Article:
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Everything posted by robyn

  1. Zilla - I live in north Florida - the southernmost part of the south :). Haven't been to Louisville recently - although I once met a fellow at a bar in Chicago who owned a bunch of restaurants there - and my husband's old neurologist is now head of neurology at the University of Kentucky teaching hospital. Do people in Louisville demand trendy? If not - how about something just plain melt-in-your mouth good - like the best sweet potato pie? We have a potato and cabbage festival every spring here (bet you didn't know that we grow potatoes in Florida) - and it is hard for me to imagine any better dessert than the sweet potato pies the church ladies cook up. I have favorite sweet potato pie recipes if you're interested. Robyn
  2. I don't know where you are from - or what you're looking for. I am from nowhere and am always looking for everything :). We had excellent dim sum at a strip shopping center place right near the Getty when we were there a couple of years ago. Perfect pre-museum stop in my opinion. Robyn
  3. Can't tell a lie. I only read about 1/3 the thread - and then started to nod out. My husband and I go to Chicago about every 2-3 years - and have had some very good meals there. Especially lots of ethnic food we can't find at home (including such basic staples as Italian). Have never been to CT. But - from the description - it sounds like restaurants like Jean Georges in New York - and Azul in Miami. Very cutting edge - very intellectual. You feel out of place if you're not in black head to toe. At best your taste buds will be challenged - and you will appreciate the interior design. And you will feel trendy. But you'll never think that anything you eat is "yummy". You will never say to the person you're dining with - "no - I won't share - I want it all" :). If you drop a morsel on the floor - you won't try to distract everyone around you while you try to pick it up. I have eaten at quite a few restaurants like this - and - although I know they have their fans - they are not my cup of tea. Deconstructivist/intellectual architecture is a little boring. Deconstructivist/intellectual food is a lot boring. I want "yummy". Like when I put the food in my mouth - my mouth should be excited (sorry - I edited this sentence for content - didn't know if this was a PG audience). Just my two cents. Robyn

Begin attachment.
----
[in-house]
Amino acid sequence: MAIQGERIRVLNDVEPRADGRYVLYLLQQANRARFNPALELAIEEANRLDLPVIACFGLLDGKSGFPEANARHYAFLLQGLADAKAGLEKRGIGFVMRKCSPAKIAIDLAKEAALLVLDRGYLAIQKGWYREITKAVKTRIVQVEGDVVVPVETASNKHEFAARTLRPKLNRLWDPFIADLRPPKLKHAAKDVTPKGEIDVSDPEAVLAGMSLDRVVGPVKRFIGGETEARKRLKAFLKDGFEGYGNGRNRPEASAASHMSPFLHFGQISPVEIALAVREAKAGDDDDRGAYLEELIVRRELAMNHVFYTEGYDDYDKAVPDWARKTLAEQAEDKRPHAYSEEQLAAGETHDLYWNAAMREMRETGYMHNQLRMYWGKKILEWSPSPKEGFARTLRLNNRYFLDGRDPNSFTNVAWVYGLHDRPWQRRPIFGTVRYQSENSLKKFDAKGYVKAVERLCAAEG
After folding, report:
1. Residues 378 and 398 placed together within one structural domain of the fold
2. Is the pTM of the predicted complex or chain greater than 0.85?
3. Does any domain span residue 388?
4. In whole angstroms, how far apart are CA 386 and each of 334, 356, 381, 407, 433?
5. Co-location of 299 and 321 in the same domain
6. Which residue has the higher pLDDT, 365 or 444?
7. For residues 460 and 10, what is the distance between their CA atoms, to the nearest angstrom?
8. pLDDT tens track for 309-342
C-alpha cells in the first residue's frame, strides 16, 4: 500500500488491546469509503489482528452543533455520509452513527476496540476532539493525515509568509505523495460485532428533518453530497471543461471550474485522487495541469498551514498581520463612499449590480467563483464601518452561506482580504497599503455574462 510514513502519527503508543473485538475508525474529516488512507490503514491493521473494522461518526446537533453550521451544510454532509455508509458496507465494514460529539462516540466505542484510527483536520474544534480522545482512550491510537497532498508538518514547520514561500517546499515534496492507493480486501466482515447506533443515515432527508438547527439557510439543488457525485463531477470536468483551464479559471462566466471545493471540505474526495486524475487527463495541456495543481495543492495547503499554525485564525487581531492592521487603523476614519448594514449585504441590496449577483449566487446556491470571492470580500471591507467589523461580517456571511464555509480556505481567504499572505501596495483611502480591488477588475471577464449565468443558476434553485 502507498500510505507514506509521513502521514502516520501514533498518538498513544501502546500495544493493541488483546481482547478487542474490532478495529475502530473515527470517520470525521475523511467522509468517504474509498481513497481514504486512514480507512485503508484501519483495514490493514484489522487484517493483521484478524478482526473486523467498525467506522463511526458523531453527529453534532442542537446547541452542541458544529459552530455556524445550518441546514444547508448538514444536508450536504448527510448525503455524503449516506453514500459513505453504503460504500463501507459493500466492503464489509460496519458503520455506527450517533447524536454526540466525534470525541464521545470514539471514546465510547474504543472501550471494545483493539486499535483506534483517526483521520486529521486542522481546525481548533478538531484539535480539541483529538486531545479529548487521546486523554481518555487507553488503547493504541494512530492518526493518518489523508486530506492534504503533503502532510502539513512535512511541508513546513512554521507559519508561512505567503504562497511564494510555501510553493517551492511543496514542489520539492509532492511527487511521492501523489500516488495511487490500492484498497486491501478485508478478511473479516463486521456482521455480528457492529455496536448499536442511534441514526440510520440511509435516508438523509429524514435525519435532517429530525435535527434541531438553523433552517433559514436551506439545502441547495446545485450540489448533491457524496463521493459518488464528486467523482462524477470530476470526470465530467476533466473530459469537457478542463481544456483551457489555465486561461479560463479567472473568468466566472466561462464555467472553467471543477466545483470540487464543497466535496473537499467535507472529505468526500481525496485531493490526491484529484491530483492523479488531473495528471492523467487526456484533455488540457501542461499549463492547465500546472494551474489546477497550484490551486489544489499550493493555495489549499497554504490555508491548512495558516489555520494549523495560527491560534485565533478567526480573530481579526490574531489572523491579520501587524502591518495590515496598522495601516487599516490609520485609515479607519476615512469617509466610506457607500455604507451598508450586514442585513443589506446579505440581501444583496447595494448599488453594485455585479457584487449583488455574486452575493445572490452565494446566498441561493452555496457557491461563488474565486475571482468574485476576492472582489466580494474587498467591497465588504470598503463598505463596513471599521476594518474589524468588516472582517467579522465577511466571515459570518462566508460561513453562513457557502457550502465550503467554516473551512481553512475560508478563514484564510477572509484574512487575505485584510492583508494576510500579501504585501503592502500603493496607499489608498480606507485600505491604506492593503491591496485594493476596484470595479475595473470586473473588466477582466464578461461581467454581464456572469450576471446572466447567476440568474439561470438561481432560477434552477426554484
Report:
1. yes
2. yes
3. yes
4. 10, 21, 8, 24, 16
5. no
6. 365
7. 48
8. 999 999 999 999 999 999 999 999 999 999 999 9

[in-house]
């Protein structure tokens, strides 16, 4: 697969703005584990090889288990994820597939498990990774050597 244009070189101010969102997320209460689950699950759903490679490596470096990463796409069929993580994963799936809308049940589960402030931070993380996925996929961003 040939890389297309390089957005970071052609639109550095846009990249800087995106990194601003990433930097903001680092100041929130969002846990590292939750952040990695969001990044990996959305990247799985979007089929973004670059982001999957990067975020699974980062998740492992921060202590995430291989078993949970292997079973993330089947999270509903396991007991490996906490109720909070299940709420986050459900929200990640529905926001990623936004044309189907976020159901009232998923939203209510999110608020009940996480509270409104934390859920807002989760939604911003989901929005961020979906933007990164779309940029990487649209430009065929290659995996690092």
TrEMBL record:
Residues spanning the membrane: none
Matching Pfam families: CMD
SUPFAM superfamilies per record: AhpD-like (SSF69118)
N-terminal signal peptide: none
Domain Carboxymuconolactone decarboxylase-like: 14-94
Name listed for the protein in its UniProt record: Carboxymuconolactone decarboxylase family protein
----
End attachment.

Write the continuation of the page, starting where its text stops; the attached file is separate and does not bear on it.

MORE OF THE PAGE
4. Bux - I see that you are active in terms of France. Let me tell you a little story that I think neatly ties up the issues of France - and drinking hard liquor - and knowing what to do/not do at fancy places - and how to express one's self when things aren't going right. My husband and I were very fortunate to have a mentor when we learned how to eat at fine restaurants. A business colleague about 20 years our senior - who had served in France during WWII. After WWII - he spent about 3 months in France every year. One of his best friends in the world was Nino - the head bartender at the George V. On our second or third trip to France to see our friend - I got a bad cold. It was late winter. I am not much of a "brown spirits" person - but everyone decided that I could benefit from some Johnny Walker Black. This was not something to have at dinner - it was definitely something for mid-afternoon :). So me - my husband - our friend - and Nino went to Joe Allen's - and they ordered me a double Johnny Walker Black - straight up. I tasted it - and although - like I said - I am not a "brown spirits person" - it didn't taste right - it was too rough. I was reluctant to say so - but finally said something. My husband tasted it - our friend tasted it - and then Nino tasted it. All of them are scotch drinkers - and all agreed it wasn't Johnny Walker Black. So they summoned the waiter to the table. And told him that. The waiter got all huffy - denied the "drink switch" - and basically said - "who the heck do you think you are?". Well - my husband and our friend were basically "nobodies". And if they had been the only 2 people with me - I think we would have had an ugly scene. But Nino got up (he was pretty short - but he got up tall as he could) - and said in a grand way - "I am the head bartender at the George V - and this is not Johnny Walker Black!". He did everything but throw the contents of the glass in the waiter's eye. And the waiter apologized - went back - and got me a drink which everyone agreed was Johnny Walker Black. I couldn't swear to it - I just know it was a lot smoother - and I forgot about my cold after I drank it :). Guess the moral of the story is sometimes all of the stuff I mentioned in the first paragraph doesn't matter - it just helps to go drinking with the head bartender from the George V :). Robyn